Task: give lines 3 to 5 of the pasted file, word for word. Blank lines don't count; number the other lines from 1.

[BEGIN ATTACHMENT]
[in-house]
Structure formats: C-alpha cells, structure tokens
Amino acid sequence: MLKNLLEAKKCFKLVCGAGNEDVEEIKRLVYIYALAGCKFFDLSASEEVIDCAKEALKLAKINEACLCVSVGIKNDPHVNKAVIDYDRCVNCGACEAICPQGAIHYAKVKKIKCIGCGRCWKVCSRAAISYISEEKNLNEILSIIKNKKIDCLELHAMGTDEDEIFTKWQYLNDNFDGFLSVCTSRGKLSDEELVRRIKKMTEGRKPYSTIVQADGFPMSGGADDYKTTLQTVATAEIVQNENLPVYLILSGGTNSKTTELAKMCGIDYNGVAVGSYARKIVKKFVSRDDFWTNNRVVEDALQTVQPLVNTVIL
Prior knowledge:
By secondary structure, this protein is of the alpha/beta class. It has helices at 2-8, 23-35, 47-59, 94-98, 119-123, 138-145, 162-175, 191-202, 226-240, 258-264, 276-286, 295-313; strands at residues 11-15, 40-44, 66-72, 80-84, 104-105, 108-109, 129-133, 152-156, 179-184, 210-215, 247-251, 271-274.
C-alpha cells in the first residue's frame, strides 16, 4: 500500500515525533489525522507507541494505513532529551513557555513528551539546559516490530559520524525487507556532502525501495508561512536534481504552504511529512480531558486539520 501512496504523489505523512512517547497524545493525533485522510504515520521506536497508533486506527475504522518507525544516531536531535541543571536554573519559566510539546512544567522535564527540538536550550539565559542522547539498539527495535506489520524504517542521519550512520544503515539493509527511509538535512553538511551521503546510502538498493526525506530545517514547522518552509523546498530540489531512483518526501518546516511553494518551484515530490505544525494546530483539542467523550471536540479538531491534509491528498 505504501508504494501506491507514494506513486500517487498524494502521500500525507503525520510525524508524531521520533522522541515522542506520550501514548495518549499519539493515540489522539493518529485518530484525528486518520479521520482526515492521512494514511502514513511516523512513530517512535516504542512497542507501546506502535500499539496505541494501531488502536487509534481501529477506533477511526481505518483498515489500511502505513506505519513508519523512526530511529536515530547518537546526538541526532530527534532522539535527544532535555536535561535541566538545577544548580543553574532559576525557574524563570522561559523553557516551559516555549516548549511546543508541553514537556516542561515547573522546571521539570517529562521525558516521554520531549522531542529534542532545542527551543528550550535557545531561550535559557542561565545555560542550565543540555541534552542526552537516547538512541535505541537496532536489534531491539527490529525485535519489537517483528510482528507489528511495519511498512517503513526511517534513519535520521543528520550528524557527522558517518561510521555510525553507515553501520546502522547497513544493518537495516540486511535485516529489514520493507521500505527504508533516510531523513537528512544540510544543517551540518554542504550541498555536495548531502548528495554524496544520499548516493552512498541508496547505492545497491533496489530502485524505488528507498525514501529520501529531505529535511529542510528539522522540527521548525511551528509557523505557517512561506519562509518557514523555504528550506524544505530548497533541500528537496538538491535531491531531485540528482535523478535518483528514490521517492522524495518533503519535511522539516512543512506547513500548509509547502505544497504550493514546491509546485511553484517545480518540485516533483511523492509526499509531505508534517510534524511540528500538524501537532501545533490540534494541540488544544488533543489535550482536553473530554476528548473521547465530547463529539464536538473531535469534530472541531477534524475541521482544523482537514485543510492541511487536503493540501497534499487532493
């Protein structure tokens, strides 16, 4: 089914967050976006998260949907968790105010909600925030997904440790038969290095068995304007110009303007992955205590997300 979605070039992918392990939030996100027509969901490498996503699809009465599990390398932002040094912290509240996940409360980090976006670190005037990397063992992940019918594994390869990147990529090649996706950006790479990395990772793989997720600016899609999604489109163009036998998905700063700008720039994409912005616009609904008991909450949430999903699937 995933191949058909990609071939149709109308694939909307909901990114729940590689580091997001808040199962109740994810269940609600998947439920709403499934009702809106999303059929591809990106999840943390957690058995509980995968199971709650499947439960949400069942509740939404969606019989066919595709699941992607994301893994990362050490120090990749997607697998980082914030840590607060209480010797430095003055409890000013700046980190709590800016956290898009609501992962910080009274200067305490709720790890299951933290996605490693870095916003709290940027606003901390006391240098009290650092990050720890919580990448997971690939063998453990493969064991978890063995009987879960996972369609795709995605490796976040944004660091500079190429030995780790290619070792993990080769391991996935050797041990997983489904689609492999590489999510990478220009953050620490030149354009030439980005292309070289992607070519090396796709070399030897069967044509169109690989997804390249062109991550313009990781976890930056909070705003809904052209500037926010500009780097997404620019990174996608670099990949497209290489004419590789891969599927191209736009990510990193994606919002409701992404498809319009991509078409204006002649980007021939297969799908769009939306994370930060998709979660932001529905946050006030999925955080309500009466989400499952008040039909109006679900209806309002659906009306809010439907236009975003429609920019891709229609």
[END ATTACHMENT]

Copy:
Amino acid sequence: MLKNLLEAKKCFKLVCGAGNEDVEEIKRLVYIYALAGCKFFDLSASEEVIDCAKEALKLAKINEACLCVSVGIKNDPHVNKAVIDYDRCVNCGACEAICPQGAIHYAKVKKIKCIGCGRCWKVCSRAAISYISEEKNLNEILSIIKNKKIDCLELHAMGTDEDEIFTKWQYLNDNFDGFLSVCTSRGKLSDEELVRRIKKMTEGRKPYSTIVQADGFPMSGGADDYKTTLQTVATAEIVQNENLPVYLILSGGTNSKTTELAKMCGIDYNGVAVGSYARKIVKKFVSRDDFWTNNRVVEDALQTVQPLVNTVIL
Prior knowledge:
By secondary structure, this protein is of the alpha/beta class. It has helices at 2-8, 23-35, 47-59, 94-98, 119-123, 138-145, 162-175, 191-202, 226-240, 258-264, 276-286, 295-313; strands at residues 11-15, 40-44, 66-72, 80-84, 104-105, 108-109, 129-133, 152-156, 179-184, 210-215, 247-251, 271-274.